a defendant other than by way of defence to a plea of set-off can be presented without the leave of the court, yet the court may at any time require a written statement or additional written statement from any of the parties, i.e., plaintiff or defendant or both (O.8, r.8). The additional pleadings are not subsequent pleadings in the true sense of the term. They are pleading by way of further and better statement of the nature of the claim or defence or further and better particular of any matter or state in the pleadings. These pleading may be ordered under order 6, rule 5 of the Code of Civil Procedure.
Under the English Law, pleading has been defined as follows: “pleading includes any petition or summons and also include the statement in writing of the claim or demand of any plaintiff and of the defence of any defendant thereto and of reply of the plaintiff to nay counter-claim of a defendant.”
Function and Object of Pleadings
The object of pleadings is to assist the Court and the parties to the dispute in its adjudication.
Its function is of multi-dimension, and is in various ways. Stable j., Pinston v. Loyds Bank
Ltd., (1941) 2 K.B. 72, has expressed the function of pleading in the following words:
“The function of a pleading is not simply for the benefit of the parties but also and
perhaps primarily for the assistance of a Court by defi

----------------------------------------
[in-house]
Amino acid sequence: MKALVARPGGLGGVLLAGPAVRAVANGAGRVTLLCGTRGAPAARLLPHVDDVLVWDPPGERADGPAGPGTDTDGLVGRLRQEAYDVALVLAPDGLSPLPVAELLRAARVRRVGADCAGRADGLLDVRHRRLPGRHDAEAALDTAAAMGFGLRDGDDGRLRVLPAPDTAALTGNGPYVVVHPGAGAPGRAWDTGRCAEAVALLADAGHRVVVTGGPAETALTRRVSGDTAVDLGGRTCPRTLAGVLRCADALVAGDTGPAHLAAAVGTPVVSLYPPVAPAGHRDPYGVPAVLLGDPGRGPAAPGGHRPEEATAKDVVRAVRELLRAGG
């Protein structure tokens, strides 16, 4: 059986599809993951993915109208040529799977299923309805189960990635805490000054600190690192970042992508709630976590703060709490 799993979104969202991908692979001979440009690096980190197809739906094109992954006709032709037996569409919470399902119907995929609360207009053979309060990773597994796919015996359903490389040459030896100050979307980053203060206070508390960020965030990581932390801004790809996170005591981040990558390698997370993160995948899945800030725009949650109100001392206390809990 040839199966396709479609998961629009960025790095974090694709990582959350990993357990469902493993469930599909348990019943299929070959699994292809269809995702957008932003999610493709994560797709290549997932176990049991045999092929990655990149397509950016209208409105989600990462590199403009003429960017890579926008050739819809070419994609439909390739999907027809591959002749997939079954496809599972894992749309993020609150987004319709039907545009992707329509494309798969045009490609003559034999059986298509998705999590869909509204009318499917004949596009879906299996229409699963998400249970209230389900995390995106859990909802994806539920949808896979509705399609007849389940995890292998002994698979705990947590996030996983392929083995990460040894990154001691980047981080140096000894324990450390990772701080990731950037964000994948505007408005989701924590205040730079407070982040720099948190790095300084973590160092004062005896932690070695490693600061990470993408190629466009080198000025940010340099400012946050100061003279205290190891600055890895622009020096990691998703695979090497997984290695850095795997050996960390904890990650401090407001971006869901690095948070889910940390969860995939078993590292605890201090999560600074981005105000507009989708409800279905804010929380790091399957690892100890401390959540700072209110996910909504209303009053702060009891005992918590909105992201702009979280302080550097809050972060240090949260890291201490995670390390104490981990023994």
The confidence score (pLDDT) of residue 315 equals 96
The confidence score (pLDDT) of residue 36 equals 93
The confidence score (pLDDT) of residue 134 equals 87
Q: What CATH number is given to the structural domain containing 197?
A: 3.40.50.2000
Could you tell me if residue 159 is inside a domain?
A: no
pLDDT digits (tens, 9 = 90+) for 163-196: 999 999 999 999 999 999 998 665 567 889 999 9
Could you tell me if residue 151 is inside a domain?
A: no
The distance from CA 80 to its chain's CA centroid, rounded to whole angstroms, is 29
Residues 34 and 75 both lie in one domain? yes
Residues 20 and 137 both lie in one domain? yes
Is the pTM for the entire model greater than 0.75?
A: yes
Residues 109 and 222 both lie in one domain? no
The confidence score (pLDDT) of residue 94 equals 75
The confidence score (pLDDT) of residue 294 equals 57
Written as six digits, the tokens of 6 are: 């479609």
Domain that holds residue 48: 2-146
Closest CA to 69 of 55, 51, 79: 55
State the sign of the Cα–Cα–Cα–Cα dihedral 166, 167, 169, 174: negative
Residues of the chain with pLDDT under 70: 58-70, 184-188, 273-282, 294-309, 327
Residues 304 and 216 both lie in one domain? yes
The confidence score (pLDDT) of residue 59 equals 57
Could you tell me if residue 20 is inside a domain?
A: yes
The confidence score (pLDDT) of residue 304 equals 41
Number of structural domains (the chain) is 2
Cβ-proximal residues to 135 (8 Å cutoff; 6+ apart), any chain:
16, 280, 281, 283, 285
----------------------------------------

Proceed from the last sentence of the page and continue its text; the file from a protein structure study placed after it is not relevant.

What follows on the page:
been, had three been no rules pleadings to compel the parties to lay bare their cases before the
opposite party prior to the commencement of the actual trial”.
Truly speaking the object of the pleading is to narrow down the controversy of the parties to
definite issue. The sole object of pleadings is that each side may be fully active to the question
that are about to be argued in order that they may have an opportunity of bringing forward
such evidence as may be appropriate to the issues. The Court has no power to disregard the
pleading and reach conclusions that they think are just and proper.
A few year ago Hon‟ble Mr. Justice Lord William of the Calcutta High Court in the case of,
strongly emphasize the need of careful study of the art of pleading and condemned the
obscure pleading which were shocking and were filed even in Calcutta High Court. It is,
therefore, the duty of every advocate to take extreme care in drafting of his pleadings. There
is no force in saying that the pleading in this country are not to be strictly construed. Has this